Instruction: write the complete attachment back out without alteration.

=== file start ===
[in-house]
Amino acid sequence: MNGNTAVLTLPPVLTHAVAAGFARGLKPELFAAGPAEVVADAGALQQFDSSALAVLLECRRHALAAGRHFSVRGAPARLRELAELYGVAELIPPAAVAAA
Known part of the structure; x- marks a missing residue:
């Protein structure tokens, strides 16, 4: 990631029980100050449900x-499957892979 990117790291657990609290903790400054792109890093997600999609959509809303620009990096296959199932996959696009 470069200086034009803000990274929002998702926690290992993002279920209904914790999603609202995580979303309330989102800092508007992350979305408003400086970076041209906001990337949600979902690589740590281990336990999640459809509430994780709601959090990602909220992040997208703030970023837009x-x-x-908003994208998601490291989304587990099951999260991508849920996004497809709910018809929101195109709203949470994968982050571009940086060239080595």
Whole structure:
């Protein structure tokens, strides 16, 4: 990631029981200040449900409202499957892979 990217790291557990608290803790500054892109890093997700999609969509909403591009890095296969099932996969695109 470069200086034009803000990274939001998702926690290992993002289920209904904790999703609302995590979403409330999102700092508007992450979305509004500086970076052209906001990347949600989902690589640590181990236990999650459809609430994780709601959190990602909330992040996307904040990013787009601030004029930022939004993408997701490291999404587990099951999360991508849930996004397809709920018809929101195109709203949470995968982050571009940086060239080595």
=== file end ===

[in-house]
Amino acid sequence: MNGNTAVLTLPPVLTHAVAAGFARGLKPELFAAGPAEVVADAGALQQFDSSALAVLLECRRHALAAGRHFSVRGAPARLRELAELYGVAELIPPAAVAAA
Known part of the structure; x- marks a missing residue:
């Protein structure tokens, strides 16, 4: 990631029980100050449900x-499957892979 990117790291657990609290903790400054792109890093997600999609959509809303620009990096296959199932996959696009 470069200086034009803000990274929002998702926690290992993002279920209904914790999603609202995580979303309330989102800092508007992350979305408003400086970076041209906001990337949600979902690589740590281990336990999640459809509430994780709601959090990602909220992040997208703030970023837009x-x-x-908003994208998601490291989304587990099951999260991508849920996004497809709910018809929101195109709203949470994968982050571009940086060239080595």
Whole structure:
């Protein structure tokens, strides 16, 4: 990631029981200040449900409202499957892979 990217790291557990608290803790500054892109890093997700999609969509909403591009890095296969099932996969695109 470069200086034009803000990274939001998702926690290992993002289920209904904790999703609302995590979403409330999102700092508007992450979305509004500086970076052209906001990347949600989902690589640590181990236990999650459809609430994780709601959190990602909330992040996307904040990013787009601030004029930022939004993408997701490291999404587990099951999360991508849930996004397809709920018809929101195109709203949470995968982050571009940086060239080595």